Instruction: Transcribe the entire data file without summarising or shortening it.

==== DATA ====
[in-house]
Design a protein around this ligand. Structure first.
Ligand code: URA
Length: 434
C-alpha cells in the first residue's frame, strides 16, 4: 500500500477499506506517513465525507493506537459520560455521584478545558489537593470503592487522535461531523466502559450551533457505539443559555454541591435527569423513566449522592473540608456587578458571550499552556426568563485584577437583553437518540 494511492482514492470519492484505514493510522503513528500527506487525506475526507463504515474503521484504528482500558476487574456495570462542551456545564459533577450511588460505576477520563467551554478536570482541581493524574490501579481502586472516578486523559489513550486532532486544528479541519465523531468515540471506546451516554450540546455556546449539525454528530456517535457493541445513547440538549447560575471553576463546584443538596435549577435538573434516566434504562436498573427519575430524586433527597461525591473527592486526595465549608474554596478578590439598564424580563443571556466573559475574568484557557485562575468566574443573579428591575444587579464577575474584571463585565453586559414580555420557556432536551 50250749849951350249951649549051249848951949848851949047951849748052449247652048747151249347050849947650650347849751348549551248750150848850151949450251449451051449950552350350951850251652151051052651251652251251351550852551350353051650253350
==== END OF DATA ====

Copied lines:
[in-house]
Design a protein around this ligand. Structure first.
Ligand code: URA
Length: 434
C-alpha cells in the first residue's frame, strides 16, 4: 500500500477499506506517513465525507493506537459520560455521584478545558489537593470503592487522535461531523466502559450551533457505539443559555454541591435527569423513566449522592473540608456587578458571550499552556426568563485584577437583553437518540 494511492482514492470519492484505514493510522503513528500527506487525506475526507463504515474503521484504528482500558476487574456495570462542551456545564459533577450511588460505576477520563467551554478536570482541581493524574490501579481502586472516578486523559489513550486532532486544528479541519465523531468515540471506546451516554450540546455556546449539525454528530456517535457493541445513547440538549447560575471553576463546584443538596435549577435538573434516566434504562436498573427519575430524586433527597461525591473527592486526595465549608474554596478578590439598564424580563443571556466573559475574568484557557485562575468566574443573579428591575444587579464577575474584571463585565453586559414580555420557556432536551 50250749849951350249951649549051249848951949848851949047951849748052449247652048747151249347050849947650650347849751348549551248750150848850151949450251449451051449950552350350951850251652151051052651251652251251351550852551350353051650253350